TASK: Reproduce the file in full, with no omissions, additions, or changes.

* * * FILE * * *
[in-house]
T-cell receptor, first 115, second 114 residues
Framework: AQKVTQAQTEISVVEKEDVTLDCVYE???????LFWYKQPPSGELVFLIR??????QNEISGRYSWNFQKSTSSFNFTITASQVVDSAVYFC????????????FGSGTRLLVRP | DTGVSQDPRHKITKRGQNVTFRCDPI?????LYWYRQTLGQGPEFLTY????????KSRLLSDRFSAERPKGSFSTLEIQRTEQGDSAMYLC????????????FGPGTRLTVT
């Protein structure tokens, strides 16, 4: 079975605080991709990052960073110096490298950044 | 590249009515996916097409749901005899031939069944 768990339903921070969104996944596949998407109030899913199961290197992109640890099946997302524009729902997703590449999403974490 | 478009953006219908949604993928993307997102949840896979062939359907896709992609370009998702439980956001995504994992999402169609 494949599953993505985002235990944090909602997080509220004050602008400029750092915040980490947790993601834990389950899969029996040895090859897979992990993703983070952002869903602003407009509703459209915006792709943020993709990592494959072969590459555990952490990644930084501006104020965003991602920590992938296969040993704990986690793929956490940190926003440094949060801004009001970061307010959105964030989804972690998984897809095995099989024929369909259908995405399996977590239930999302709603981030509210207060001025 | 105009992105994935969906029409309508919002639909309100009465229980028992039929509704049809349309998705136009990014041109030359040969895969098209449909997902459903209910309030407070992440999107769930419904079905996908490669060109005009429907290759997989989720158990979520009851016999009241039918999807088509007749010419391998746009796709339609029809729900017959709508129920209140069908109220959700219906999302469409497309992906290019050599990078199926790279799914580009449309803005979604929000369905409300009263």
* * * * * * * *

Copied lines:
[in-house]
T-cell receptor, first 115, second 114 residues
Framework: AQKVTQAQTEISVVEKEDVTLDCVYE???????LFWYKQPPSGELVFLIR??????QNEISGRYSWNFQKSTSSFNFTITASQVVDSAVYFC????????????FGSGTRLLVRP | DTGVSQDPRHKITKRGQNVTFRCDPI?????LYWYRQTLGQGPEFLTY????????KSRLLSDRFSAERPKGSFSTLEIQRTEQGDSAMYLC????????????FGPGTRLTVT
């Protein structure tokens, strides 16, 4: 079975605080991709990052960073110096490298950044 | 590249009515996916097409749901005899031939069944 768990339903921070969104996944596949998407109030899913199961290197992109640890099946997302524009729902997703590449999403974490 | 478009953006219908949604993928993307997102949840896979062939359907896709992609370009998702439980956001995504994992999402169609 494949599953993505985002235990944090909602997080509220004050602008400029750092915040980490947790993601834990389950899969029996040895090859897979992990993703983070952002869903602003407009509703459209915006792709943020993709990592494959072969590459555990952490990644930084501006104020965003991602920590992938296969040993704990986690793929956490940190926003440094949060801004009001970061307010959105964030989804972690998984897809095995099989024929369909259908995405399996977590239930999302709603981030509210207060001025 | 105009992105994935969906029409309508919002639909309100009465229980028992039929509704049809349309998705136009990014041109030359040969895969098209449909997902459903209910309030407070992440999107769930419904079905996908490669060109005009429907290759997989989720158990979520009851016999009241039918999807088509007749010419391998746009796709339609029809729900017959709508129920209140069908109220959700219906999302469409497309992906290019050599990078199926790279799914580009449309803005979604929000369905409300009263």